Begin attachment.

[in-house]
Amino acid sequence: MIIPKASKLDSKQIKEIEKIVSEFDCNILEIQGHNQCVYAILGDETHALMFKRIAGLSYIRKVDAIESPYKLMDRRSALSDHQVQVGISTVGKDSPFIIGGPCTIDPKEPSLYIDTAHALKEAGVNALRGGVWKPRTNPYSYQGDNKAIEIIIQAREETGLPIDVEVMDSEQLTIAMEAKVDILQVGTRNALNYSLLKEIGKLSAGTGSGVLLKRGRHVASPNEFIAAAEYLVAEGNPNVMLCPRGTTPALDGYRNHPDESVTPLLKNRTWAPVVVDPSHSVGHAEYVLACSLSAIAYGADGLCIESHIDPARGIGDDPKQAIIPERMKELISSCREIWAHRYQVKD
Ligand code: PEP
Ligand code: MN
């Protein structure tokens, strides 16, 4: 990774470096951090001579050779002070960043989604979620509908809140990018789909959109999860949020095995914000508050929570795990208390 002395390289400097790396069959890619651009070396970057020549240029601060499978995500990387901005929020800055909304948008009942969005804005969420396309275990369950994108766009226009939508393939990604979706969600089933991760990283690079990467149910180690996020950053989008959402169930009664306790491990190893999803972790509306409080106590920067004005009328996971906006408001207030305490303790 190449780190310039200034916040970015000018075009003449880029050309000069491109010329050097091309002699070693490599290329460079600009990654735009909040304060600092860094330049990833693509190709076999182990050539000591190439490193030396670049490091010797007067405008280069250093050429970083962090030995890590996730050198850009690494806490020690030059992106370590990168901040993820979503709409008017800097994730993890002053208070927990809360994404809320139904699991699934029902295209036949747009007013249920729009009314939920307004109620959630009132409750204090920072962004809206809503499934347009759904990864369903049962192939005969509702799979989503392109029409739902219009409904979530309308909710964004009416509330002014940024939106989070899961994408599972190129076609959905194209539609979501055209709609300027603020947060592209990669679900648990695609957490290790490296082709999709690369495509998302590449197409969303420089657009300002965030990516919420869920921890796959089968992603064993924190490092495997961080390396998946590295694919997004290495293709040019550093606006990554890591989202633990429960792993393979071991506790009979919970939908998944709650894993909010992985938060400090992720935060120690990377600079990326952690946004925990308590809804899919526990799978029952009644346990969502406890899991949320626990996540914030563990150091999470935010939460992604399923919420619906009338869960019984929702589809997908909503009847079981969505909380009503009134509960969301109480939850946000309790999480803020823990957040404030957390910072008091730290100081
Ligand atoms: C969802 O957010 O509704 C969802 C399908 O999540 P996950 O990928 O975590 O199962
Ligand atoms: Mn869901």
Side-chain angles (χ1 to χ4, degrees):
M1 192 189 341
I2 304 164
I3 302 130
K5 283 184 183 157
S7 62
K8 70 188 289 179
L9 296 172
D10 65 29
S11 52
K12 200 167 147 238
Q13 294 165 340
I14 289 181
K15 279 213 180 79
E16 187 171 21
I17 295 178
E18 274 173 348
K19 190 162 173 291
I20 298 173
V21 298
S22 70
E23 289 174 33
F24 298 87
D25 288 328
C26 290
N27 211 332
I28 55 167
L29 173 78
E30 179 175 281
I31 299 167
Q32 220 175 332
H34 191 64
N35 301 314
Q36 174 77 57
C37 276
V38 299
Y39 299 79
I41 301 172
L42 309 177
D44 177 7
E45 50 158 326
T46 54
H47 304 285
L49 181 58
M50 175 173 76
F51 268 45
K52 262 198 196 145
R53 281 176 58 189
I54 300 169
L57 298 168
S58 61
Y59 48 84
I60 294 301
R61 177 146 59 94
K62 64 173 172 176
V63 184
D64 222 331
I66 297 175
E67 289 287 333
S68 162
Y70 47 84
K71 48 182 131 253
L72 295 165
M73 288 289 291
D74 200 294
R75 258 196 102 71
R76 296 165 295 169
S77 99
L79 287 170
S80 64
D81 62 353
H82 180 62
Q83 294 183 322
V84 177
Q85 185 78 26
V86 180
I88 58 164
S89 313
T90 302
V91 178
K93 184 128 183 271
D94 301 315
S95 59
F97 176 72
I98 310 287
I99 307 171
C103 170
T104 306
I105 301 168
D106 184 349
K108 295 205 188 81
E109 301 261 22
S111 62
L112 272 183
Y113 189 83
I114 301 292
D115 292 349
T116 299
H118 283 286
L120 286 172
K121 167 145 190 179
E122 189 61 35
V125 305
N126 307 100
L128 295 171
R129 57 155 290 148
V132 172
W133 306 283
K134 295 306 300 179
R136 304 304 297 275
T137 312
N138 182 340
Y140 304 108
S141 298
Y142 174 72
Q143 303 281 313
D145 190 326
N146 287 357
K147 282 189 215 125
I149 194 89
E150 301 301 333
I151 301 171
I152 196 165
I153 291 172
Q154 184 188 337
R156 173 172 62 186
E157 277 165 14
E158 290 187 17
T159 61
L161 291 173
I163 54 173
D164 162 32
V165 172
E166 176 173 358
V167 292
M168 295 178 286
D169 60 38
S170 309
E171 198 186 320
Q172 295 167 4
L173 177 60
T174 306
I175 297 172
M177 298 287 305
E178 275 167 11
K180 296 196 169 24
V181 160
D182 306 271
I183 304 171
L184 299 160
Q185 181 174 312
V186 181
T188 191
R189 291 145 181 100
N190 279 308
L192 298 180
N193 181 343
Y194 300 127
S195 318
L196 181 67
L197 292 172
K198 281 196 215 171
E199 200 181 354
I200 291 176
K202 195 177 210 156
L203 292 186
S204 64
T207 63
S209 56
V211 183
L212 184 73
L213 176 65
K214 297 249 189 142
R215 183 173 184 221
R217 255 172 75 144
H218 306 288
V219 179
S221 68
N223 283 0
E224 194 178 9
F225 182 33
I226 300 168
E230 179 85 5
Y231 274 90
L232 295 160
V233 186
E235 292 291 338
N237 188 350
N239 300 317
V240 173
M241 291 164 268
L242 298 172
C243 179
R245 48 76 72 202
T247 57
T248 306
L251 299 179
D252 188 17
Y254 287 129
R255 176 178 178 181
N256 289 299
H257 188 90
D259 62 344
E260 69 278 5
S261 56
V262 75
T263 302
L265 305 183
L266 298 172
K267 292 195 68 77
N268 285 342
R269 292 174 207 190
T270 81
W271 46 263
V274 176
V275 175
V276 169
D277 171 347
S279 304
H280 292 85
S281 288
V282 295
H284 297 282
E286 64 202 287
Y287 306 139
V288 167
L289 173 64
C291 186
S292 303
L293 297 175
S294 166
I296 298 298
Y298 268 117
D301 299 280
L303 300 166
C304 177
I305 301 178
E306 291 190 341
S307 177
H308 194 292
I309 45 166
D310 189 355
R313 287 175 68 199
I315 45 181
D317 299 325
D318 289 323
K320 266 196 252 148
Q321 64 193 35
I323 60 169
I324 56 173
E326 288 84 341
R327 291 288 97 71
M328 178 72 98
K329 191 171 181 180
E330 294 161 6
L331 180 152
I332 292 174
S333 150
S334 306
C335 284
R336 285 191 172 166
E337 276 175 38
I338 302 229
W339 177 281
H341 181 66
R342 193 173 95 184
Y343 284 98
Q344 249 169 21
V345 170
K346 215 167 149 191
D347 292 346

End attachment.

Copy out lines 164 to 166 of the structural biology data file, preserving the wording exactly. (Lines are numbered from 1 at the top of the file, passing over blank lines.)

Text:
N193 181 343
Y194 300 127
S195 318